Faculty of Medicine and Health Sciences, Department of Movement and Sports SciencesGhent UniversityGhentBelgium
Registration Is Now Open!
Virtual ActiGraph Digital Data Symposium 2021November 4, 2021 | 10:30 AM - 1:00 PM CT | Learn more
Changes in Individual and Social Environmental Characteristics in Relation to Changes in Physical Activity: a Longitudinal Study from Primary to Secondary School
- Published on Oct 2016
Purpose: Physical activity (PA) strongly decreases when children make the transition from primary to secondary school. The study aimed to investigate how individual and social environmental factors toward PA changed when children (11–12 years) made the transition from primary to secondary school (13–14 years) and how changes in these factors were related to changes in different PA domains.
Methods: In total, 321 children (48.9 % girls) and one of their parents both filled out a questionnaire concerning individual (i.e., attitude, self-efficacy, perceived benefits, and barriers of PA) and social environmental factors related to PA (parental support, friend’s co-participation, parental trust in child’s ability to be physically active, and social norm) in the last grade of primary school and 2 years later. Children wore an activity monitor for 7 days and self-reported different domains of PA.
Results: Most individual and social factors became less positive toward PA after the transition to secondary school.
Among girls, a more positive attitude and an increase in self-efficacy were related to an increase in average daily steps and sports during leisure, respectively.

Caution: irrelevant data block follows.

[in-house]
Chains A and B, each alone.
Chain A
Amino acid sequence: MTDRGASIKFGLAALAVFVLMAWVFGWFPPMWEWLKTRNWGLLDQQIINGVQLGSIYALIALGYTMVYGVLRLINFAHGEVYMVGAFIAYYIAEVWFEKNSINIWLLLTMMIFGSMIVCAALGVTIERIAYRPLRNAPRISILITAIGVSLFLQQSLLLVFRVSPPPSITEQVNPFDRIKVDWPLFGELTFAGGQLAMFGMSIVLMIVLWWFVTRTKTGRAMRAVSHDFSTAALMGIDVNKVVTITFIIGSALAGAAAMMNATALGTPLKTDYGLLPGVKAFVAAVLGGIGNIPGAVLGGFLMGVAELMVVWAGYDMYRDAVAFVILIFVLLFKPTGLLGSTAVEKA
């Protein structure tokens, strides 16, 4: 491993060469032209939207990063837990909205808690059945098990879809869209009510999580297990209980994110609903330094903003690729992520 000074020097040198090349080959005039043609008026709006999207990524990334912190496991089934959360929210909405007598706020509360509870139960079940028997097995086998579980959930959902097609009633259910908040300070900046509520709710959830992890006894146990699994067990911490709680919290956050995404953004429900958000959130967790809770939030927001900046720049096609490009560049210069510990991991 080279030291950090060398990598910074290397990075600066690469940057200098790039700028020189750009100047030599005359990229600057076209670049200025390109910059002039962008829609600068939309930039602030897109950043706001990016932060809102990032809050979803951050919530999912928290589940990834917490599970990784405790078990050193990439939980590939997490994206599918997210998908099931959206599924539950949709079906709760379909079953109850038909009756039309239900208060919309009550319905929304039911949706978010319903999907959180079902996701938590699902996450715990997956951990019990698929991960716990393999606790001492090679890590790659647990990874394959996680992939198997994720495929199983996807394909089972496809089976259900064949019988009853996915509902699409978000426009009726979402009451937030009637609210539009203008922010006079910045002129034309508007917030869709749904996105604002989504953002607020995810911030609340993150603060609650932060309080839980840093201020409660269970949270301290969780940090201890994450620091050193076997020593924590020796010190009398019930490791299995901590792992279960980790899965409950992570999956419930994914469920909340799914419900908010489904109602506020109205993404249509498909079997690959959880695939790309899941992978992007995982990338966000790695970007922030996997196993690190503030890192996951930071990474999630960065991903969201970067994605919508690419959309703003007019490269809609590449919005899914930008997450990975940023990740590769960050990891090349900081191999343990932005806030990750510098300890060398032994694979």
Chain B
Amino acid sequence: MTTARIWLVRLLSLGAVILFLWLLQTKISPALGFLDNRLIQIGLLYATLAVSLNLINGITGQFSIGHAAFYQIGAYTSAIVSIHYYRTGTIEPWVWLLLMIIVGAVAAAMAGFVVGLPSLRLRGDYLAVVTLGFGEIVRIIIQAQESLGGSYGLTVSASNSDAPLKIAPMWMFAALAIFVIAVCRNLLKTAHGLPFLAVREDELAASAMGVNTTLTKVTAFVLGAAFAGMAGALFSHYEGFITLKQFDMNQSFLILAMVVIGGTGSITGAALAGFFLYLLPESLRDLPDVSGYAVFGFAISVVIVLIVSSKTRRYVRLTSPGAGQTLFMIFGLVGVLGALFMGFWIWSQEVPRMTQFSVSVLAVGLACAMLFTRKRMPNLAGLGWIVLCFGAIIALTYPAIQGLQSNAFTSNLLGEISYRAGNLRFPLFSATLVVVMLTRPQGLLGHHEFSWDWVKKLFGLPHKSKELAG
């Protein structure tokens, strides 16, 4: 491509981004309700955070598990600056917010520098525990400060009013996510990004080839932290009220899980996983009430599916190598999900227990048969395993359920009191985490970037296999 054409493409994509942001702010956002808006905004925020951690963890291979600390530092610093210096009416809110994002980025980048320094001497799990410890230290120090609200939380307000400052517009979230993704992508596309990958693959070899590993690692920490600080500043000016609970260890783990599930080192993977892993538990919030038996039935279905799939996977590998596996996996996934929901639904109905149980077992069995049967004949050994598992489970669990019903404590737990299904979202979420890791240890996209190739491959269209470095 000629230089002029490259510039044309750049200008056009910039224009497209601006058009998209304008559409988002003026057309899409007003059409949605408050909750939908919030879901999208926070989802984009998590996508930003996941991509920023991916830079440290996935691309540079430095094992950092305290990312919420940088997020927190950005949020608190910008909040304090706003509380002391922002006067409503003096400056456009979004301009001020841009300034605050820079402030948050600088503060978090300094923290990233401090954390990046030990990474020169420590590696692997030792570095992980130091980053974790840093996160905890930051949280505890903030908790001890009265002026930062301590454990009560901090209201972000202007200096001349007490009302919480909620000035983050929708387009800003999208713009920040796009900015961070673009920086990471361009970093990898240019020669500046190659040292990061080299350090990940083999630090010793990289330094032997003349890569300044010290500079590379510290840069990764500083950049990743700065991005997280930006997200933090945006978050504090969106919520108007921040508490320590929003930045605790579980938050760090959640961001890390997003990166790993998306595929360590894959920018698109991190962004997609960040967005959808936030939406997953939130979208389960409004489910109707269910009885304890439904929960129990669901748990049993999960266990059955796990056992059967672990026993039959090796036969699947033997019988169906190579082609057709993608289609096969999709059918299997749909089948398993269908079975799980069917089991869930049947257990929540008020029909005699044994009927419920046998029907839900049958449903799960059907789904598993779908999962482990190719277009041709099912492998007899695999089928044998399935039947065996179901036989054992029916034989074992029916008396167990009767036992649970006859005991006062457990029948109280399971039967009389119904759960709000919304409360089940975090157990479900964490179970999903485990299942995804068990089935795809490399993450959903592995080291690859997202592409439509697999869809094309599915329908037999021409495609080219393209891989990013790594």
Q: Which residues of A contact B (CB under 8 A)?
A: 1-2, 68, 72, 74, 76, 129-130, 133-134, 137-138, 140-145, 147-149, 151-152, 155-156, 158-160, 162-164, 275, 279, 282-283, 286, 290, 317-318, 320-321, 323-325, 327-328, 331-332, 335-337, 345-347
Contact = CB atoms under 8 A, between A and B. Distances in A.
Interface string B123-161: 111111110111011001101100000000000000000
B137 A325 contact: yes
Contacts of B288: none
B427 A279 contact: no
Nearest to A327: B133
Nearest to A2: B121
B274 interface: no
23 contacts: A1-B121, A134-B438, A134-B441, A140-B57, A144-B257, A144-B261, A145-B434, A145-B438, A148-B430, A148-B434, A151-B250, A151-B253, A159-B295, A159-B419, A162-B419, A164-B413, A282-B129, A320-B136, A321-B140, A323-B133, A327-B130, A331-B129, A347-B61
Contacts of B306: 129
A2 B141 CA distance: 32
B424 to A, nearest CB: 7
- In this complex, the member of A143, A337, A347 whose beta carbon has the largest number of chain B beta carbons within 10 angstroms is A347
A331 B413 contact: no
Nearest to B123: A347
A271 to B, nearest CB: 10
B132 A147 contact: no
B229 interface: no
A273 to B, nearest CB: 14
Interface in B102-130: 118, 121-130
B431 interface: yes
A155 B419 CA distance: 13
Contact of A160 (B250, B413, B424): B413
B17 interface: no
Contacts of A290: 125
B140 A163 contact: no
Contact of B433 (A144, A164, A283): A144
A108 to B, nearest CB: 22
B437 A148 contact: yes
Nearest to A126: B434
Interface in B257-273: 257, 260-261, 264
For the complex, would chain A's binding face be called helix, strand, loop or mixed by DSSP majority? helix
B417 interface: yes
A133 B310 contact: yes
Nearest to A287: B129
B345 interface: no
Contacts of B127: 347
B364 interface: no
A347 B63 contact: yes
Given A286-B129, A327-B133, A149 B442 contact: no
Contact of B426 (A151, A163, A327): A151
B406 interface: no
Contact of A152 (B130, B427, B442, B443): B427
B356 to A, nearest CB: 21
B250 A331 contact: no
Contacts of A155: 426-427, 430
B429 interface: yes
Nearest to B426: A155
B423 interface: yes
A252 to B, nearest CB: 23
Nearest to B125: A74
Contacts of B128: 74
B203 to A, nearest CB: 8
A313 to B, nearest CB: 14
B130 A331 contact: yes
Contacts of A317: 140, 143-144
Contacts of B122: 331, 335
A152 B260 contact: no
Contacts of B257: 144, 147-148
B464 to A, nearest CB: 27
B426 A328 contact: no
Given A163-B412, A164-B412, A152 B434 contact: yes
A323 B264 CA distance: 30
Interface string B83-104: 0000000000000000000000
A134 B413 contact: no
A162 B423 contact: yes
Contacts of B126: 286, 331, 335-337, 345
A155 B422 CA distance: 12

Among boys, a decrease in perceived barriers (lack of time and parental reported lack of transportation to sport activities) was related to a decrease in average daily steps. An increase in parental support and a decrease in the parental perceived barrier of not liking sports were related to an increase in sports during leisure.
Conclusions: The prevention of adverse changes in individual and social factors toward physical activity may lead to a smaller decrease or an increase in physical activity.
- Sara D’Haese 1,2
- Greet Cardon 1
- Ilse De Bourdeaudhuij 1
- Benedicte Deforche 3,4
- Femke De Meester 1,5
- Delfien Van Dyck 1,2
Research Foundation Flanders (FWO)BrusselsBelgium
Faculty of Medicine and Health Sciences, Department of Public HealthGhent UniversityGhentBelgium
Faculty of Physical Education and Physiotherapy, Department of Human Biomechanics and BiometryVrije Universiteit BrusselBrusselBelgium
Flemish Institute for Health Promotion and Disease Prevention (VIGeZ)Brussels (Laken)Belgium
International Journal of Behavioral Medicine